Definition of Mental disease
1. Noun. Any disease of the mind; the psychological state of someone who has emotional or behavioral problems serious enough to require psychiatric intervention.
Generic synonyms: Mental Condition, Mental State, Psychological Condition, Psychological State
Specialized synonyms: Megalomania, Insanity, Psychosis
Antonyms: Mental Health
Derivative terms: Psychopathic
Lexicographical Neighbors of Mental Disease
Literary usage of Mental disease
Below you will find example usage of this term as found in modern and/or classical literature:
1. The Encyclopedia Americana: A Library of Universal Knowledge (1919)
"There are countless numbers of mixed forms, the details of which may be consulted in textbooks of mental disease. Here also the subd visions of the disease ..."
2. The Catholic Encyclopedia: An International Work of Reference on the by Charles George Herbermann (1913)
"In many forms of mental disease we know absolutely nothing concerning the causes. ... as sole and direct causes of mental disease play a very minor role—a ..."
3. Uric Acid as a Factor in the Causation of Disease: A Contribution to the by Alexander Haig (1903)
"mental disease, FATIGUE, AND SYNCOPE. MENTAL depression is a concomitant symptom of the uric acid headache, and I soon found that by influencing the uric ..."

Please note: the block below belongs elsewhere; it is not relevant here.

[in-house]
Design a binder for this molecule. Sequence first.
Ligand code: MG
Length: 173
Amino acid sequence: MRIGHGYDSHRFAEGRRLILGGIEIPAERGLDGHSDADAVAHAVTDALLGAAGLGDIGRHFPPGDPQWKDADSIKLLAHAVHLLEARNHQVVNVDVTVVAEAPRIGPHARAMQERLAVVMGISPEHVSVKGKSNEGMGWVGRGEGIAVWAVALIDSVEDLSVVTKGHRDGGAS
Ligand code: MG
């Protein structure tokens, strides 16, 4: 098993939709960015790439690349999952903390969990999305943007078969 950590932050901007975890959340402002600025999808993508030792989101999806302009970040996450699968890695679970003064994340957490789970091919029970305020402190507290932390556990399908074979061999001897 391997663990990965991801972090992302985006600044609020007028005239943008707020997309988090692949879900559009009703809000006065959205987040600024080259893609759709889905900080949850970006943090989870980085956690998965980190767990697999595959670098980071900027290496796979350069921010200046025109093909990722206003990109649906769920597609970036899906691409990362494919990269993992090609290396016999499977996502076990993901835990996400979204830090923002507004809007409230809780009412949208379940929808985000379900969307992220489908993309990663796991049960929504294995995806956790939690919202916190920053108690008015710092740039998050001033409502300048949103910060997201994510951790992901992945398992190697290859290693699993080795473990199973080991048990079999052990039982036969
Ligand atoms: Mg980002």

4. Mental pathology and therapeutics by Wilhelm Griesinger (1882)
"In very many of these circumstances the intimate connection between them and the influences ascribed to them, the mode in which from them the mental disease ..."
5. The Popular Science MonthlyScience (1893)
"mental disease in animals (Misc.), 11 : 639. Modern life and I. (14 p.). DH Tuke, 12 : 432. ... "Responsibility in mental disease" (Table), ..."
6. Lawyers' Reports Annotated by Lawyers Co-operative Publishing Company (1902)
"He must show the connection between a mental disease, if there was one, ... If both are shown, namely, the existence of the mental disease and its extent to ..."
7. Proceedings by Philadelphia County Medical Society (1888)
"I have found them to be admirably suited for my purpose in the treatment of some forms of nervous and mental disease. In the Therapeutic Gazette for June ..."